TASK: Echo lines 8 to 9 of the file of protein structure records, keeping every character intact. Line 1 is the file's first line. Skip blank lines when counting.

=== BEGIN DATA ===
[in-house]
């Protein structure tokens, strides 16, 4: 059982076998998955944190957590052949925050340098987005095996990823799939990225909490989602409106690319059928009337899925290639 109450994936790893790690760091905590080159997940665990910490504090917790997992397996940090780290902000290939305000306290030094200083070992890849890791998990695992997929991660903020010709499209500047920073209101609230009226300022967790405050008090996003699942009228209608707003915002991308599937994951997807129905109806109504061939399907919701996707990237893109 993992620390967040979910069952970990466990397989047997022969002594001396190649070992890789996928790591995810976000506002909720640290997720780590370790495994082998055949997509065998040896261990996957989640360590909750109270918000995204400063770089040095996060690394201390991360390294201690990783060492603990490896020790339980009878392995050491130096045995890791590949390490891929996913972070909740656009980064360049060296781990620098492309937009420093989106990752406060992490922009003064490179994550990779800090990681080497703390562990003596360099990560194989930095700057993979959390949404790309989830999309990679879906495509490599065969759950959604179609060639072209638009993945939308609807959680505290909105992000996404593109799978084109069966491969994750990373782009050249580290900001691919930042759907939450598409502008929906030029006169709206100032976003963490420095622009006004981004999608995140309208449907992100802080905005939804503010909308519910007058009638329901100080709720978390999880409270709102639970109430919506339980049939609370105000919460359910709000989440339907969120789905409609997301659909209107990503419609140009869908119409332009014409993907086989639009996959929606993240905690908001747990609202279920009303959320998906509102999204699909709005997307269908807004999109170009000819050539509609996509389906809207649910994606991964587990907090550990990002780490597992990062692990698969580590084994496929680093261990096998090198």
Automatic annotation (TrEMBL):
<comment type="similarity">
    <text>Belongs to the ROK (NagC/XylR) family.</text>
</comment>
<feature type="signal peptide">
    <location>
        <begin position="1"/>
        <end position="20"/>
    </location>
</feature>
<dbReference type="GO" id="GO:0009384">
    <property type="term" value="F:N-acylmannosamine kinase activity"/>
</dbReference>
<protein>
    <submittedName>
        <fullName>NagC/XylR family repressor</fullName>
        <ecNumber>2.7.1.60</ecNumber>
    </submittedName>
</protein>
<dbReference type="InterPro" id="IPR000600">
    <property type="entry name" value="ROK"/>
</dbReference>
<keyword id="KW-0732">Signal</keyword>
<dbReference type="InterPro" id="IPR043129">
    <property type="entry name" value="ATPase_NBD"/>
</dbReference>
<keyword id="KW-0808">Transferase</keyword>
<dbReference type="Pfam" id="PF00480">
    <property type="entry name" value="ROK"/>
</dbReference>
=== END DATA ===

    <location>
        <begin position="1"/>